Sunday, November 28, 2004

Final Game Progress

We (Calvin and I) have been spending a lot of time on the initial development of the game. We have been learning, and understanding the intricacies of the program, and are finding new ways to utilize our new knowledge in the gaming experience. Today we have taken digital pictures of the locations, and scenes that will form the environment of the game. We are going to create the whole structure of the game first, and then build it up gradually as a whole, opposed to finishing a single location one at a time. As well as working on the demanding technical aspects of the game, we have also been working and restructuring the story and narrative of the game in order to establish meaningful play. My definition of meaningful play is the satisfaction, and self fulfillment I get during and after play. I think we can create this without the need of competitive scoring, or intense losing scenarios. The reconstruction of the story is focused on creating an emotional, personal connection with the characters, or situation of the game, and at the same time making it more challenging to reach the final end game scenario. We are planning to do this- with help of Grey's valuable input- by adding many more arbitrary objects, and developing the characters in the game, and how they function with the resource of information. We are also working to create more meaningful decisions for the player to make; which could function in early end game scenarios, and different character reactions. Soon we will be focused on the extremely labor intensive development of creating rooms, objects, interactions, character responses, animated cut scenes-and things of that technical nature........AAAAAHHHHHH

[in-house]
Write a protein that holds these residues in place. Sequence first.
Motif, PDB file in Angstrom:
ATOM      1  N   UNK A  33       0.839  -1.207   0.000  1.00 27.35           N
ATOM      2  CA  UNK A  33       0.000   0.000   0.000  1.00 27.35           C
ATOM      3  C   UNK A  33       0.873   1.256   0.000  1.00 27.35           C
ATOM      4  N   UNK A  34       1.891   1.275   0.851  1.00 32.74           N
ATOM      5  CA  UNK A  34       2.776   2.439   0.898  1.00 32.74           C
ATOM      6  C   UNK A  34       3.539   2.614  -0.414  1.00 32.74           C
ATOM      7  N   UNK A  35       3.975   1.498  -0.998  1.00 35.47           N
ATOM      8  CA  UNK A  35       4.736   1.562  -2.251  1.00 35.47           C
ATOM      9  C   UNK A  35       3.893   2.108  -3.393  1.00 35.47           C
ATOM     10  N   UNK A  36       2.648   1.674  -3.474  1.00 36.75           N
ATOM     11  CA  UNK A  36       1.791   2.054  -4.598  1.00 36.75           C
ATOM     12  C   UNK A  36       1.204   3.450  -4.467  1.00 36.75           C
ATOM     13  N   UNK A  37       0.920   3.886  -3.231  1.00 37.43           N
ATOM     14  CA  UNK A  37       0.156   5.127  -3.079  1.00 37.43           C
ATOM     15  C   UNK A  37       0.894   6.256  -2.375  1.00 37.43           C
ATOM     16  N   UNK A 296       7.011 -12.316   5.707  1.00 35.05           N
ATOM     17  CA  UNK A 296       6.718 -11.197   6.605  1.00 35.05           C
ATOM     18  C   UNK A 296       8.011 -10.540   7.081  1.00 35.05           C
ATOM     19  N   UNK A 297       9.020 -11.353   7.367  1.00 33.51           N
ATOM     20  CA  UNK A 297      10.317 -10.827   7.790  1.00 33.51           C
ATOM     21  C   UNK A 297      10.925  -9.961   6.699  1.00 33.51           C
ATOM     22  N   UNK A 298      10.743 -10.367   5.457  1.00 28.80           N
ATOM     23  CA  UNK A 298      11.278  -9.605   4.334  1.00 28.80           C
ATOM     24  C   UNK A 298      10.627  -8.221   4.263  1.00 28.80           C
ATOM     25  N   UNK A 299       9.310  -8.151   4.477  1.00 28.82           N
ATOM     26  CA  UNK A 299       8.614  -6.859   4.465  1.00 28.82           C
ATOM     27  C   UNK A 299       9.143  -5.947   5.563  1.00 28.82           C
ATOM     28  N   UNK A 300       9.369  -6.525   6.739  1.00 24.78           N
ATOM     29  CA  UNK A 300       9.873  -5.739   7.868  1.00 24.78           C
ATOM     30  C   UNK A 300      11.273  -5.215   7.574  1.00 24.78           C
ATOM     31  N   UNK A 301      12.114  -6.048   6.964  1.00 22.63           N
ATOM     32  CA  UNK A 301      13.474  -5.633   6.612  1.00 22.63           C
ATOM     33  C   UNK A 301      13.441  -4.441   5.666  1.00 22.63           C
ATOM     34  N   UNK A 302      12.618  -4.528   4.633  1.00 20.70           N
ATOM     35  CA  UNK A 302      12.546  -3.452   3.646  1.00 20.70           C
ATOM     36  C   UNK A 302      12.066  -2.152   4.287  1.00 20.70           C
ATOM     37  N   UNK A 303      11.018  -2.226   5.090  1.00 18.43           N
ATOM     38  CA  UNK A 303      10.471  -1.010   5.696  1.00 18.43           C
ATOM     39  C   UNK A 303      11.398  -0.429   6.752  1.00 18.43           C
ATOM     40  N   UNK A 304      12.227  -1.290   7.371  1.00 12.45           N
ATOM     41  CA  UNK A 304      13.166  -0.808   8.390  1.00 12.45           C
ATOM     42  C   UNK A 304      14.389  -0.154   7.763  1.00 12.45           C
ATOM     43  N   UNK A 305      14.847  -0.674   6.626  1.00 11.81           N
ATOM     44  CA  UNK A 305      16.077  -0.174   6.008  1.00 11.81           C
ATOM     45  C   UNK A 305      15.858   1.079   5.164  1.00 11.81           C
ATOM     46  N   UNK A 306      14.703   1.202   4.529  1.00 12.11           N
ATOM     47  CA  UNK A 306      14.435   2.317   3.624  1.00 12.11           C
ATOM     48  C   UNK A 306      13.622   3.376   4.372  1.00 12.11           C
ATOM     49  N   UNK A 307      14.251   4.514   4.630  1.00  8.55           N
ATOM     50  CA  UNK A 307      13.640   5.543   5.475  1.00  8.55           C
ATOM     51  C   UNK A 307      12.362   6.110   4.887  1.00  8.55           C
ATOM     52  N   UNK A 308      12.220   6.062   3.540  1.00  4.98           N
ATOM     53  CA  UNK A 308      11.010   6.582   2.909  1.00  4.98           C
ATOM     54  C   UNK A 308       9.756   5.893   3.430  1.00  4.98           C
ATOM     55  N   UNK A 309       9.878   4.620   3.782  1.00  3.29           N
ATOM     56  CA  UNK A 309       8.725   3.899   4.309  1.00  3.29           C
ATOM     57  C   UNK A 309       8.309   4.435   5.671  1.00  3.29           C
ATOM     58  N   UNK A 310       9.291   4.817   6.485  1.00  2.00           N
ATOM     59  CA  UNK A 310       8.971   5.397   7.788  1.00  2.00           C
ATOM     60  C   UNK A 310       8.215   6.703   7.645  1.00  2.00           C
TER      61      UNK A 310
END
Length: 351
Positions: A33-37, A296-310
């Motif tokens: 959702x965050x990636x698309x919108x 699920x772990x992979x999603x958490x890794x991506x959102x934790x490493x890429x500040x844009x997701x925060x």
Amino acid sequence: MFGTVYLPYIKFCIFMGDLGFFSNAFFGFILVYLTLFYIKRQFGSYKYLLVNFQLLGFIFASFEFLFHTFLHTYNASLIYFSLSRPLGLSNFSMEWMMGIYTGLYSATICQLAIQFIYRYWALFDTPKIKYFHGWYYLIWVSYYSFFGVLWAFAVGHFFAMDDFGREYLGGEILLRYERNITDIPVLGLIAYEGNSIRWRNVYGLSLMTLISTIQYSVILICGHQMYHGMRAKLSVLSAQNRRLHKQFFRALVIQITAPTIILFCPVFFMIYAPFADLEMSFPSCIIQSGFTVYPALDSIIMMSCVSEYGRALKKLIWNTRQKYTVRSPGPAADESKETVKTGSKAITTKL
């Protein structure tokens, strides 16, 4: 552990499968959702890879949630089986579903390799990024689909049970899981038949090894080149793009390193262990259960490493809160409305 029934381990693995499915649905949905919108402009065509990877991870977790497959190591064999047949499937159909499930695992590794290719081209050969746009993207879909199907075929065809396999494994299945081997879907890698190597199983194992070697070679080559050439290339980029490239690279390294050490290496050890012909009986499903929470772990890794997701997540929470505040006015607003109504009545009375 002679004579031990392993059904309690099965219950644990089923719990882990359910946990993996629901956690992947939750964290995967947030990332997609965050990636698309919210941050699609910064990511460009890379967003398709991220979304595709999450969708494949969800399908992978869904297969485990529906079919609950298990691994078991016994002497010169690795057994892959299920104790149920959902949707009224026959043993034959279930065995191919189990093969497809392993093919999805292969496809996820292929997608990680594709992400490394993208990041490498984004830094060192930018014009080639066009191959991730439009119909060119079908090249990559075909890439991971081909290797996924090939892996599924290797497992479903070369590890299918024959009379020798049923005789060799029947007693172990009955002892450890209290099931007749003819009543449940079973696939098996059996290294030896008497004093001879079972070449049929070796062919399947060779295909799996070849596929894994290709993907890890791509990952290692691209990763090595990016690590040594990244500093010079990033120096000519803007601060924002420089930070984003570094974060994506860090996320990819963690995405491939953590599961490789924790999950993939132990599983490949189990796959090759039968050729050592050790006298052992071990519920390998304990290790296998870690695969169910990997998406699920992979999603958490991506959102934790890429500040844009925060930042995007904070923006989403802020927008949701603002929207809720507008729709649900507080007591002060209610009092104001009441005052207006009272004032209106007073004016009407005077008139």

Final game progress

So far we (Calvin and I) have been spending a lot of time learning about, and understanding the intricacies of the program. We have also taken digital pictures of the locations, and perimeter of the game. We think the bast development strategy is to create the fundamental structure, and build the game up gradually as a whole, as opposed to finishing the rooms one by one. The other area which we are directing our efforts has been the development of a story- and meaningful play. Perhaps meaningful play, -or at least the way I define my meaningful play- has to do with a sense of fulfillment, or satisfaction upon completion of a game. That is why I feel it would be inappropriate to make it competitive or intense, and instead focus on attributes of the game which will allow players to become more emotionally involved with the character, and the situations. We have also been working with intertwining, meaningful decisions, and different ways to end the game. We already have many ideas which will not be that hard to implement when we have the game more developed. With help from Grey input we are also working on making getting through the game more difficult, and less obvious to complete.- this also includes more developed character who actually misguide you, which could result in ending the game early, or taking the wrong item.

Friday, November 12, 2004

Jay's human robotron